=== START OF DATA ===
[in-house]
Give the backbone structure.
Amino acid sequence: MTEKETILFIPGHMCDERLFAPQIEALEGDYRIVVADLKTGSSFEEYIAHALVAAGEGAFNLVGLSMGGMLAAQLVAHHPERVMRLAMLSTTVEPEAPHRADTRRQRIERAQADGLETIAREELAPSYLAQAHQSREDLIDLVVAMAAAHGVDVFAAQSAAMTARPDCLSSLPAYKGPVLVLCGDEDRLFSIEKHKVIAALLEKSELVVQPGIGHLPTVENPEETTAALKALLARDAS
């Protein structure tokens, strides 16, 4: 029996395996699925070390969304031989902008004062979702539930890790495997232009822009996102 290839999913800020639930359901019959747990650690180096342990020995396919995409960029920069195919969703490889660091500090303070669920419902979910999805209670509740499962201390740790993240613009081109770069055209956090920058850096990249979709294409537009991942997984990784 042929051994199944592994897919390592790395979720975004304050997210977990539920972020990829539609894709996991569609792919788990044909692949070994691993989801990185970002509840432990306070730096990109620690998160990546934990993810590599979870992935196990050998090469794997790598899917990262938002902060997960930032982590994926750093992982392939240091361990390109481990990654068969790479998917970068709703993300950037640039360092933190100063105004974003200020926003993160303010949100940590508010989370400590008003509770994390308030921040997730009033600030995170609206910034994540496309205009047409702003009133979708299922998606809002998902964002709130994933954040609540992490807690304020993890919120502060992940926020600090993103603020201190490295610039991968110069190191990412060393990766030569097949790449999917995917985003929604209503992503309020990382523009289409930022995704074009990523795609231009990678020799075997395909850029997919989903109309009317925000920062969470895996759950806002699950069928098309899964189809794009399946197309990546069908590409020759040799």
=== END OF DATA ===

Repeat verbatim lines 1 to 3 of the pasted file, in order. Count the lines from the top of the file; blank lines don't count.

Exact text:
[in-house]
Give the backbone structure.
Amino acid sequence: MTEKETILFIPGHMCDERLFAPQIEALEGDYRIVVADLKTGSSFEEYIAHALVAAGEGAFNLVGLSMGGMLAAQLVAHHPERVMRLAMLSTTVEPEAPHRADTRRQRIERAQADGLETIAREELAPSYLAQAHQSREDLIDLVVAMAAAHGVDVFAAQSAAMTARPDCLSSLPAYKGPVLVLCGDEDRLFSIEKHKVIAALLEKSELVVQPGIGHLPTVENPEETTAALKALLARDAS